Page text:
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Published on Apr 17, 2008
http://www.egs.edu/ Allucquére Rosanne Sandy Stone, performance artist, researcher in neurology and anthropologist of the virtual world, antichrist, and transsexual talking about transgender, feminist, gay, lesbian, legal and social issues, vagina monologues, sex, coming out and giving a sneak preview of her most recent theater project . Public open video philosophy lecture for the faculty and students of the European Graduate School, Media and Communication Studies Department Program, EGS, Saas-Fee, Switzerland, Europe, 2000.
Allucquére Rosanne Stone Sandy Stone Ph.D. Wolfgang Köhler Chair at EGS, and is the Wolfgang Köhler Professor, department of Radio-TV-Film, and Director, Advanced Communication Technology Lab, University of Texas at Austin. Director of the Group for the Study of Visual Systems at the Center of Cultural Studies, University of California at Santa Cruz. Sandy Stone has has organized several international conferences on cyberspace in Santa Cruz, Austin, Banff/Canada, and Karlsruhe, Germany, between 1991-1995. Author of The War of Desire and Technology at the Close of the Mechanical Age.
In 1974 Stone settled in Santa Cruz, California, and undertook gender reassignment with the Stanford Gender Dysphoria Program in Palo Alto. During this period she published pseudonymously in "The Magazine of Fantasy and Science Fiction" and "Galaxy" magazine. Later she became a member of the Olivia Records collective, a popular women's music label. In 1987 Stone was accepted in the History of Consciousness program at the University of California, where she studied with Donna Haraway and James Clifford. Stone wrote the seminal essay "The Empire Strikes Back: A Posttranssexual Manifesto" while Haraway's student. The paper was influenced by Haraway's A Manifesto For Cyborgs (later retitled "A Cyborg Manifesto" and first published in Social Text, 1984) and by the turbulent political foment in feminism of that period, but primarily as a reaction to what Stone perceived as a transphobic strain in feminist academia exemplified by Raymond's book. "The Empire Strikes Back" later became the center of an extensive citation network of transgendered academics and a foundational work for transgendered researchers and theorists.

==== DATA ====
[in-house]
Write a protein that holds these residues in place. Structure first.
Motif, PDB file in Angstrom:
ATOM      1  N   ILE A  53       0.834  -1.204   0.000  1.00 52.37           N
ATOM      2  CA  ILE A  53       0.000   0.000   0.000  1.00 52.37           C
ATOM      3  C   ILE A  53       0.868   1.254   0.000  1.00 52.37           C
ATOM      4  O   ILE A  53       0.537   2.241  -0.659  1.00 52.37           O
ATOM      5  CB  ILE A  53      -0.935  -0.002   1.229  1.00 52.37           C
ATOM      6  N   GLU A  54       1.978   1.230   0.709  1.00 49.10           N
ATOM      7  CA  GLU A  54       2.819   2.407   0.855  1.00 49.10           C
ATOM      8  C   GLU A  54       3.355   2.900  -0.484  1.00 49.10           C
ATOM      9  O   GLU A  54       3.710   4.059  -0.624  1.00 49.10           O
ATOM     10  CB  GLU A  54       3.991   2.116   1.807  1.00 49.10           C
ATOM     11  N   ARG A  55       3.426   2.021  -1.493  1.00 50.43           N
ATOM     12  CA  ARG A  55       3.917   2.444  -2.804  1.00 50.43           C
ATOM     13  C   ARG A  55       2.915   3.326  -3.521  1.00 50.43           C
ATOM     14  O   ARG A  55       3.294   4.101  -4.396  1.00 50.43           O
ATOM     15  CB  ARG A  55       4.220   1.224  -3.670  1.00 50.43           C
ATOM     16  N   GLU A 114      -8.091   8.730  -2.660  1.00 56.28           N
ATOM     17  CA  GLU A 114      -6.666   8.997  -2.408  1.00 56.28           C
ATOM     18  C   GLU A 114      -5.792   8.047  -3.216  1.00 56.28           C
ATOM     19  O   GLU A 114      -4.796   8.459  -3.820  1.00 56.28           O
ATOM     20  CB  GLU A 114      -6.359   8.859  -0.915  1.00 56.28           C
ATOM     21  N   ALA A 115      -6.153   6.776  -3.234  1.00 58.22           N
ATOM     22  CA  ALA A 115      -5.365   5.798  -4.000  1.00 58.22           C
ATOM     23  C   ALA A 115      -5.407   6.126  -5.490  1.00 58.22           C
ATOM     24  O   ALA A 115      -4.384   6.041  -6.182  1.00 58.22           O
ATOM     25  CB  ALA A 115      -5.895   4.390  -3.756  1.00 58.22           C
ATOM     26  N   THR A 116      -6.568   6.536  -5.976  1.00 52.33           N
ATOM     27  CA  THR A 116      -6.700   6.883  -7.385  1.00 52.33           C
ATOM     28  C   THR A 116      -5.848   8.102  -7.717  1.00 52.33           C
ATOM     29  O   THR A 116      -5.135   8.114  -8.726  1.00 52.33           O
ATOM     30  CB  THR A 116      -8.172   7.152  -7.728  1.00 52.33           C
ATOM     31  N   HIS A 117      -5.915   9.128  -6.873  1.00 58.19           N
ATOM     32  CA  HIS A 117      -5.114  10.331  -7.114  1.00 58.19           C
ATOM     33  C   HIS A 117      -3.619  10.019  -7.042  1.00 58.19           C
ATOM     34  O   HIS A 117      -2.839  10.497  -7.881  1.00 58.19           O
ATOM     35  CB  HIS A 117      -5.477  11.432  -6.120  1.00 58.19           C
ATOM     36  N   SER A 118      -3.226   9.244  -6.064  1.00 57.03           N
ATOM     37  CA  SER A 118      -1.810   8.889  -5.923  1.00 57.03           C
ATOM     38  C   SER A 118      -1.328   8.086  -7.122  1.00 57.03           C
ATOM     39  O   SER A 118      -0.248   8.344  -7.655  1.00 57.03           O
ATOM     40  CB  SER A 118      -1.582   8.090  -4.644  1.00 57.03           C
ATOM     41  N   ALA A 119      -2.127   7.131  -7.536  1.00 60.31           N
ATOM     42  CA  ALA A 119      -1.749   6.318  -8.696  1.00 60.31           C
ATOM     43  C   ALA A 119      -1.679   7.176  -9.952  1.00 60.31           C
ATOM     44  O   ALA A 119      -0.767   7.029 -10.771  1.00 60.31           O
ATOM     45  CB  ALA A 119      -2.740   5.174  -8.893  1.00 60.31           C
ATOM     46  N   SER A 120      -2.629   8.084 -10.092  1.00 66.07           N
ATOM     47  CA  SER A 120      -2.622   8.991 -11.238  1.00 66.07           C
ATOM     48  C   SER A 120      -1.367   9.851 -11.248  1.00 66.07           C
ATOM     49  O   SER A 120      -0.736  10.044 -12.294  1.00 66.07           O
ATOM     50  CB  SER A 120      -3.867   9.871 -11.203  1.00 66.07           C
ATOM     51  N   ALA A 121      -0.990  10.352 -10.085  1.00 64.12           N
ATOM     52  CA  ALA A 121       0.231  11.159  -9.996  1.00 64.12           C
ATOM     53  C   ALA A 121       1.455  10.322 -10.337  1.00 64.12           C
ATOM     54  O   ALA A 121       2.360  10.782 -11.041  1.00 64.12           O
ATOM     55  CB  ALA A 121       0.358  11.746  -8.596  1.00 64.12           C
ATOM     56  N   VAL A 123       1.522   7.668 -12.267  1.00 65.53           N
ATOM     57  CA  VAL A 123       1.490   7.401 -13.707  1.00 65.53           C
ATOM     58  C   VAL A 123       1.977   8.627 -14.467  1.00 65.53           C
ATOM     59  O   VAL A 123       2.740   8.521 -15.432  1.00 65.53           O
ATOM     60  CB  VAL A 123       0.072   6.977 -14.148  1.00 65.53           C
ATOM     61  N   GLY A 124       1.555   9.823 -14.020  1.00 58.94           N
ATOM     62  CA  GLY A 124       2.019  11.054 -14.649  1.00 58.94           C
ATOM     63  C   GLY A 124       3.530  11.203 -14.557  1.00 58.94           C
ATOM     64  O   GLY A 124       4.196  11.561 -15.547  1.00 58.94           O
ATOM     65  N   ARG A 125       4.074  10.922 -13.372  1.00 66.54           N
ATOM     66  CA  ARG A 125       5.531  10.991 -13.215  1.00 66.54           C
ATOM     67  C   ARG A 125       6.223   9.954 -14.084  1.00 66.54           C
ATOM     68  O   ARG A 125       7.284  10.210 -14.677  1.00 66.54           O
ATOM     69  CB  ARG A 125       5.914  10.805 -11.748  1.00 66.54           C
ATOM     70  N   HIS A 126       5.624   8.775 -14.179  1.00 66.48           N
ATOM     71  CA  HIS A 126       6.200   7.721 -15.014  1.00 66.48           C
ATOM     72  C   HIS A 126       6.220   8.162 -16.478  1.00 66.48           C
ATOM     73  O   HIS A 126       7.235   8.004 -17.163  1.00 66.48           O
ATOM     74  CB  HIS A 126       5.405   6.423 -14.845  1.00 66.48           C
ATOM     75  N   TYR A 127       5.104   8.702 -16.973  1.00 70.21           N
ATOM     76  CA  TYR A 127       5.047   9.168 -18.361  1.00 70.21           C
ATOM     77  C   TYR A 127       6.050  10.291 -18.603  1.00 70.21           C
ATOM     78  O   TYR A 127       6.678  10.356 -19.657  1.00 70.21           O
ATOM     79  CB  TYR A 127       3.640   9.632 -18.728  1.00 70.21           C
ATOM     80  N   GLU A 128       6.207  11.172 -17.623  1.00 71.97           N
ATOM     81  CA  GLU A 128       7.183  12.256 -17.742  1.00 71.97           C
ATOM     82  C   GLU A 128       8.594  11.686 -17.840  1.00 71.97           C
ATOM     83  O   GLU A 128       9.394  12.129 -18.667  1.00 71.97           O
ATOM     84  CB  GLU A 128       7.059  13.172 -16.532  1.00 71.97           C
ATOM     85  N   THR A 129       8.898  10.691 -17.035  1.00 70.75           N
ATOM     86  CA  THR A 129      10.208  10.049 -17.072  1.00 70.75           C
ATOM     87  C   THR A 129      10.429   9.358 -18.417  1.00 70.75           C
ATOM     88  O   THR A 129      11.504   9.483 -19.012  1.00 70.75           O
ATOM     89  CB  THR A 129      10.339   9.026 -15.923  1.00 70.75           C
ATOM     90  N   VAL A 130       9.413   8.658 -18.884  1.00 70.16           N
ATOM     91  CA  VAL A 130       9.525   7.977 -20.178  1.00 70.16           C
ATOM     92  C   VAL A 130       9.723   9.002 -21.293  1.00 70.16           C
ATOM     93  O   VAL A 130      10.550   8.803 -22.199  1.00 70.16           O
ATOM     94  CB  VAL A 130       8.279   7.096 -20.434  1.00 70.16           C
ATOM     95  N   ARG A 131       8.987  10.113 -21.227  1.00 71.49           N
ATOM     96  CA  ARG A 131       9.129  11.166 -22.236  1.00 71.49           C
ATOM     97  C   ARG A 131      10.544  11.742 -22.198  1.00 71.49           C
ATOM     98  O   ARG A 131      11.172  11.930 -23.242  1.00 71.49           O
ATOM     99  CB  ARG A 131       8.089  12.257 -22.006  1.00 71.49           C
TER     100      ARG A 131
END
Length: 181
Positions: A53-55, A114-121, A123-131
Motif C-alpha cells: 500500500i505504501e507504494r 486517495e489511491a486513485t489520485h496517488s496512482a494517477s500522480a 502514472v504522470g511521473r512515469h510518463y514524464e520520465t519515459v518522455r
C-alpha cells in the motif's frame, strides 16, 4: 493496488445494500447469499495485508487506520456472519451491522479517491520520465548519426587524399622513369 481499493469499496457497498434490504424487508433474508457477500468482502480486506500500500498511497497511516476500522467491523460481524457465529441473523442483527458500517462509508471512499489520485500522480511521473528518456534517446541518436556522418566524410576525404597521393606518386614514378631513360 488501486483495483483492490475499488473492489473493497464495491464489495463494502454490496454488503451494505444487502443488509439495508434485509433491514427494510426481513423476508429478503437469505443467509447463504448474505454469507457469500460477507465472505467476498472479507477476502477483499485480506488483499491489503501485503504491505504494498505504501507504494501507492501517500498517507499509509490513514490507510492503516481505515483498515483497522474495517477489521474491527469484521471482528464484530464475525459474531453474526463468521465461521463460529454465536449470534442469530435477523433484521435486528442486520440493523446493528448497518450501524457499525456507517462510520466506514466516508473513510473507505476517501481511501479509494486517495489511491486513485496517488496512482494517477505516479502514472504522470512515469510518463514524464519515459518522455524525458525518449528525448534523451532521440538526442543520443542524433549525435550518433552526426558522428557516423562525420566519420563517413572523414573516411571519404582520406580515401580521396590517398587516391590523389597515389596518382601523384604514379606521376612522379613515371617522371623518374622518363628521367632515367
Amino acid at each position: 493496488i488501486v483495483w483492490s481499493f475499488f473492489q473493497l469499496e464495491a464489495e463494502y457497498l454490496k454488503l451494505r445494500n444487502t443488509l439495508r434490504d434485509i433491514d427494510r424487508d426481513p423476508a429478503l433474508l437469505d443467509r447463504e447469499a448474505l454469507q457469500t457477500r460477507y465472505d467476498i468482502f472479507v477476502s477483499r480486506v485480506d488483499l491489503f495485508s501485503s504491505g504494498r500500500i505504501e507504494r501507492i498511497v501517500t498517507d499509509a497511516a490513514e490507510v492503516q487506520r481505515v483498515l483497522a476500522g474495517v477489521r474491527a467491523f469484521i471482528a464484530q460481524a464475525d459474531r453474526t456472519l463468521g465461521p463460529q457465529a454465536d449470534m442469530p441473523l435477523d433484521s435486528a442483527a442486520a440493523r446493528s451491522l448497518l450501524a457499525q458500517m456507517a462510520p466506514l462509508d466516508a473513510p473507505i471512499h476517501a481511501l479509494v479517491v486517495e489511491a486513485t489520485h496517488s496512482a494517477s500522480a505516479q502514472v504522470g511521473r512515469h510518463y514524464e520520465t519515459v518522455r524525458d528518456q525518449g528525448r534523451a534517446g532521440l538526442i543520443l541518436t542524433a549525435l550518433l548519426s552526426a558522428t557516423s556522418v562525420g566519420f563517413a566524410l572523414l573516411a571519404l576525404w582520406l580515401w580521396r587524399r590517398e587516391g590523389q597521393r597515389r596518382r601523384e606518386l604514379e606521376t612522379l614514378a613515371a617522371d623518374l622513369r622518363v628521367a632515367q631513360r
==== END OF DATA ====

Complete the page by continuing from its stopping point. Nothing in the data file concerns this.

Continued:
The central point of the essay was that transgendered persons were ill-served by hiding their status, and that coming out -- which Stone called "reading oneself aloud" -- would inevitably lead to self-empowerment. Thus Empire Strikes Back rearticulated what was at the time a radical gay-lesbian political statement into a transgendered voice. The importance of this move lay in the political circumstance of the 1980s vis-a-vis mainstream gay and lesbian political action at the national level in the United States. During this period, mainstream gay and lesbian activists generally suppressed transgender issues and visible transgendered activists, fearing that they would frighten the uncertain and still shaky liberal base during a delicate period of consolidation. At this critical juncture, and against mainstream efforts to silence fringe voices, Empire Strikes Back galvanized a largely scattered and disorganized population of young transgendered scholars and focused the attention of this demographic on the need for self-assertion within a largely reactionary institutional structure. Public open lecture with students of the European Graduate School EGS, Media and Communication Studies department program, Saas-Fee, Switzerland, Europe, Sandy Stone 2000